379 to 50: #20 “I’ll Feel A Whole Lot Better” by The Byrds

Byrds Feel

Moving into the top 20 of my favourite songs list now, courtesy of The Byrds’ joyful, jangle pop pioneering “I’ll Feel A Whole Lot Better” from 1965.

Reviewing my song choice #24 I described Kraftwerk as the electronic Beatles, and the closest to an American Beatles would undoubtedly be the Byrds, even down to the purposely mis-spelt name.  Nomenclature aside, it’s their near instant popular appeal followed by rapid musical evolution that makes the Byrds analogous to the Fab Four.  Even by 60s standards, the Byrds’ output of 6 classic albums in 4 years (from 1965’s “Mr Tambourine Man” to 1968’s “Sweetheart Of The Rodeo”) is a breath-taking run, basically inventing or playing a massive part in the birth of folk rock, jangly guitars, psych rock and country rock along the way. Inspiring fellow LA bands like Love and Buffalo Springfield, plus boasting the Beatles as firm friends and supporters, the Byrds sound is seen as a key influence on “Rubber Soul”, particularly “Nowhere Man” and “If I Needed Someone”.

Byrds photo 1

With such a legacy, the Byrds are another band where I’m spoilt for choice in picking a favourite song – and it’s especially tough to leave out “Eight Miles High”, the early 1966 birth of psych rock (also the subject of one my favourite ever cover versions, by Husker Du.).   However, my choice had to be the proto-jangle pop of “I’ll Feel A Whole Lot Better”.  With a sharp sparkly intro, chiming guitars underpinned by equally sunny percussion, all topped off by beautiful honeyed vocals, “I’ll Feel…” is a reliably refreshing record that always helps raise a smile when listening to its considerable charms.  Its obvious inspiration on countless formative bands of my youth, especially Teenage Fanclub and The Stone Roses, also helps explain my fondness for this song.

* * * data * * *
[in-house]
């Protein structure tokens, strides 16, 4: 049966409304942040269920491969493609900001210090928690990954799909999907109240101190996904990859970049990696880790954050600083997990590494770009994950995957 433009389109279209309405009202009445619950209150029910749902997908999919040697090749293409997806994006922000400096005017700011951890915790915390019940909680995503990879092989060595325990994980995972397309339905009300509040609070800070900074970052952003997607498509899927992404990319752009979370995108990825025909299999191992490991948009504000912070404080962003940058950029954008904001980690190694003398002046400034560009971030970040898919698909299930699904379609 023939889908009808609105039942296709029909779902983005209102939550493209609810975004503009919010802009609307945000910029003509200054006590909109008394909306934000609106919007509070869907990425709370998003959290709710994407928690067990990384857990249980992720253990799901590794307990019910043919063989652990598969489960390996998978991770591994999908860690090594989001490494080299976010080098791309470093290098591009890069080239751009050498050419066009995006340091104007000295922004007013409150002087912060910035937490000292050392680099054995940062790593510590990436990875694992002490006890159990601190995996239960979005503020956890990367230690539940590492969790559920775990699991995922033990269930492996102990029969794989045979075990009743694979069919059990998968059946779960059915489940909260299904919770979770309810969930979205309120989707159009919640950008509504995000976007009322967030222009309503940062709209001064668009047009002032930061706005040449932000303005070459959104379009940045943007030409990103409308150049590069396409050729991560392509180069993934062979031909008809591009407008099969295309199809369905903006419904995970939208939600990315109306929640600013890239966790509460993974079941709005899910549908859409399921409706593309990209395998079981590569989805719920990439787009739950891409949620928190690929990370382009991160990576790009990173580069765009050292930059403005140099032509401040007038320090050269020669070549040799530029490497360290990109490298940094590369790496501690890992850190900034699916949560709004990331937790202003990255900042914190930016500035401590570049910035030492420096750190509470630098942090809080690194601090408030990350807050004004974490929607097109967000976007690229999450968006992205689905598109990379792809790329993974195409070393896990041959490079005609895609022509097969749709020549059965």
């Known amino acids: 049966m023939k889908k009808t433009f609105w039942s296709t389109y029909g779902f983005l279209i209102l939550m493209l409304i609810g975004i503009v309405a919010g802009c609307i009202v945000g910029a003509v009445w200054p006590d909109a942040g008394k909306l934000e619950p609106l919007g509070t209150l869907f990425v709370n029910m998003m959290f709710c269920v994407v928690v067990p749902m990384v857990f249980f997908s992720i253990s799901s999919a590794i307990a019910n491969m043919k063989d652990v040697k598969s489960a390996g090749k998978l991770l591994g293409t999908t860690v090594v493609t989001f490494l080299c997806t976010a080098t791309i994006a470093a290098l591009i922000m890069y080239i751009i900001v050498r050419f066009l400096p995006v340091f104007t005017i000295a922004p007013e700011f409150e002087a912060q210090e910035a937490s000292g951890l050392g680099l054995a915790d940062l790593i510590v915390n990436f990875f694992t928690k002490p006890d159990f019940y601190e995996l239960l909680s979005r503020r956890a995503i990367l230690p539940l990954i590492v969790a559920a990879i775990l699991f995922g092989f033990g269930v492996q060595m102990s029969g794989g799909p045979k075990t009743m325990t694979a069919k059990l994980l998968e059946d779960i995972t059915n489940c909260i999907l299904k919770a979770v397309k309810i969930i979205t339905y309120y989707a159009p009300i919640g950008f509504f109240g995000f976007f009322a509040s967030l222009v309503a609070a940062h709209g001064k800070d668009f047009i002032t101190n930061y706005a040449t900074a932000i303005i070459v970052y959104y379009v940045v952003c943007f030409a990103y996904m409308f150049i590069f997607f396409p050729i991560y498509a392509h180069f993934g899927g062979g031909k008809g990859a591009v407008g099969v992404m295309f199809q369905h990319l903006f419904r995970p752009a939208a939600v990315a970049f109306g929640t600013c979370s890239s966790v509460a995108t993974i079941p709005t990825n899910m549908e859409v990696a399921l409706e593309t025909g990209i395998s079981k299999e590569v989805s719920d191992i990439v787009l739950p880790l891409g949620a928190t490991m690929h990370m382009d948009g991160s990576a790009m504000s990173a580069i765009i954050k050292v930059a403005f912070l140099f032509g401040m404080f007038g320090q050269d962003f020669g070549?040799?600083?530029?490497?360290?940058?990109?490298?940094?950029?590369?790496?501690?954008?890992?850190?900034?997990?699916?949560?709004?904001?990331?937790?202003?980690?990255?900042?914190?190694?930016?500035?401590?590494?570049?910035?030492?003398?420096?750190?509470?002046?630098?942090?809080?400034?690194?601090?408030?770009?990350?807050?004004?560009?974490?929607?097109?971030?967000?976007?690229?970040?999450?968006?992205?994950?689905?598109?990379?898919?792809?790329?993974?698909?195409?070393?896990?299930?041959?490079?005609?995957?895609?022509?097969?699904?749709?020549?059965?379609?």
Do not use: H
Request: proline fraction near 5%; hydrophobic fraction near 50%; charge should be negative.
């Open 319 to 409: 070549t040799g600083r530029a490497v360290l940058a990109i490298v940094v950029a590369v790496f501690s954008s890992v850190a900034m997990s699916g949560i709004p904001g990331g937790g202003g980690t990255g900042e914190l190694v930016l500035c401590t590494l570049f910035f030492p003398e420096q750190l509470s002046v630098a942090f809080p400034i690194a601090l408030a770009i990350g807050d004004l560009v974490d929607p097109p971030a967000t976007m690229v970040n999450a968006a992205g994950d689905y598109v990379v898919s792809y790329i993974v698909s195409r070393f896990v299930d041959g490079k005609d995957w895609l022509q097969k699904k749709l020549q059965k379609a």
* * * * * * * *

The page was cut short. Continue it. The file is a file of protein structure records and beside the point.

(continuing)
Byrds photo 2

“I’ll Feel A Whole Lot Better” was taken from 1965 debut album “Mr Tambourine Man”, which was split fairly equally between Bob Dylan covers and original Byrds compositions, including this Gene Clark penned tour de force.  “I’ll Feel…” was also the B-side to “All I Really Want To Do”, a UK number 4 single that year.  The most prominent songwriter on early Byrds albums, Gene Clark left the group in the run-up to third album “Fifth Dimension”, partly due to stress related factors, but also partly due to his fear of flying, increasingly difficult to manage with an ever growing itinerary – leading fellow band member David Crosby to state “if you can’t fly, you can’t be a Byrd”.  Gene Clark would however continue to produce sumptuous records of outstanding genius in a somewhat haphazard (and underappreciated at the time) career; we’ll be hearing more about that later in this rundown…



One thought on “379 to 50: #20 “I’ll Feel A Whole Lot Better” by The Byrds

  1. Pingback: Jumping Fences To Wichita: my 100 favourite songs | No Longer Teenage Fan Club

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